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Bird flu spreading; one case in humans reported

The bird flu virus is spreading among birds and, most recently, cattle in the U.S. In early April, a Texas farmer tested positive for bird flu. Among St. Louis adults surveyed, 19% had heard about the case. Respondents ages 50+ were more likely to hear it than those under 50 (29% vs 14%). 

Bird flu, formally known as Highly Pathogenic Avian Influenza (HPAI), is rare in humans. The Texas case is only the second instance of bird flu in humans confirmed in the U.S. At least 3 cases of bird flu in birds have been detected in St. Charles County, MO so far in 2024. 

The Centers for Disease Control and Prevention (CDC) says the risk to humans remains low, particularly for people with limited contact with animals. CDC also says that store-bought dairy products are still safe to consume.  

Health officials recommend practicing protective measures such as: 

  • Washing your hands with soap and water after touching birds or cows; 
  • Avoiding direct contact with wild birds, cows or other animals infected with or suspected to be infected with bird flu; 
  • Cooking poultry and eggs to an internal temperature of 165˚F to kill bacteria and viruses, including bird flu viruses; and, 
  • Not consuming uncooked or undercooked food products like raw milk or cheeses from animals with suspected or confirmed bird flu virus infection. 

Community organizations in St. Louis can help spread accurate information about bird flu prevention by the resource materials below.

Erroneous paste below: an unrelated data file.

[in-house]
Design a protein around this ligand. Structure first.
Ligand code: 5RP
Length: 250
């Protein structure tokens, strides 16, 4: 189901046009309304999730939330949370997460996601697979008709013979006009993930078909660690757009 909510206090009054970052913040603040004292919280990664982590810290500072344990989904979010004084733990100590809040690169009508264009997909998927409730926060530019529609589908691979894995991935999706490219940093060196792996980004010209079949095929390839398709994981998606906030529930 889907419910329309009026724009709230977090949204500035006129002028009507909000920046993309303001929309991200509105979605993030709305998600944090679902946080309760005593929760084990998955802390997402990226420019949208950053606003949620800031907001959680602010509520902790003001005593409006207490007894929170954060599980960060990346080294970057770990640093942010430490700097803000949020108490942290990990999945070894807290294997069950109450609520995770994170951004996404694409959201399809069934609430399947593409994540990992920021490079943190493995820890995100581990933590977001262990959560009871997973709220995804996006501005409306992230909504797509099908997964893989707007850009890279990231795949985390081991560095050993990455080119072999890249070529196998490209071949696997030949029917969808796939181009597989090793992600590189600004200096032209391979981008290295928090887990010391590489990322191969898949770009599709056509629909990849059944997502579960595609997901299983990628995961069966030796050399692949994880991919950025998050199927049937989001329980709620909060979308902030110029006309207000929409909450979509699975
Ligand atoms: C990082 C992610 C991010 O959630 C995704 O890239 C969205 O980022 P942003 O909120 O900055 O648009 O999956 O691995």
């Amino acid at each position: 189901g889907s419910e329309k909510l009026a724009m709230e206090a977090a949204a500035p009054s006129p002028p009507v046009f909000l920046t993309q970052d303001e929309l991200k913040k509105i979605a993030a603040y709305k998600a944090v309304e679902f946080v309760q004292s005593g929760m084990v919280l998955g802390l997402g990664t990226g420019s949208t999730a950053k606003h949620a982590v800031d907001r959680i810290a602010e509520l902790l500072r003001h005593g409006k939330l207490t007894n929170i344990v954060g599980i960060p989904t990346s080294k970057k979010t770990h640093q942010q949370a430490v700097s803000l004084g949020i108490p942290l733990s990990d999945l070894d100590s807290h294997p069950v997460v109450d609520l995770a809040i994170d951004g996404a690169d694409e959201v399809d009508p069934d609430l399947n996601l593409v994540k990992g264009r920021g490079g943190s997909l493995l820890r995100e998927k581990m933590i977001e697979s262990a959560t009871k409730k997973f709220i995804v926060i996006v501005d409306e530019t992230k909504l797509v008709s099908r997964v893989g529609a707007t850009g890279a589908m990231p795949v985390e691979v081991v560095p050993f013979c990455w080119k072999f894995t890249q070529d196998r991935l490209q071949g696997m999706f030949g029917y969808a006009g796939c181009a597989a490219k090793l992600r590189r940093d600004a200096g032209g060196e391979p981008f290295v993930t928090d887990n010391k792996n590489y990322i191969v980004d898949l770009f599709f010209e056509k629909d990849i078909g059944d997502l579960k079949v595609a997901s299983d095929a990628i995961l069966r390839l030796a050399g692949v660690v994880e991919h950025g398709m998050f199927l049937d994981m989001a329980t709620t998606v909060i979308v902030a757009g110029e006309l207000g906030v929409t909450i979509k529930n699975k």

This week’s report is based on responses from a panel of 156 adult residents of St. Louis City and County, MO, surveyed from Saturday, April 13 to Monday, April 15, 2024. Explore these data and more at iHeardSTL

Download the graphics below to share about this topic.

Suggested Caption:

The bird flu virus is spreading among birds and cattle in the U.S. The risk for the general public is low; those in close contact with infected birds or cows should take precautions. 

#iHeardSTL #BirdFlu 

Suggested Caption:

The risk of catching bird flu for the general public is low. Bird flu has only been recorded to have spread to a human twice in the U.S. But keep your backyard chickens safe! 

#iHeardSTL #BirdFlu 

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How can you avoid the bird flu? Wash your hands after touching birds and cows, cook your poultry and eggs all the way through, and avoid wild animals.

#iHeardSTL #BirdFlu 

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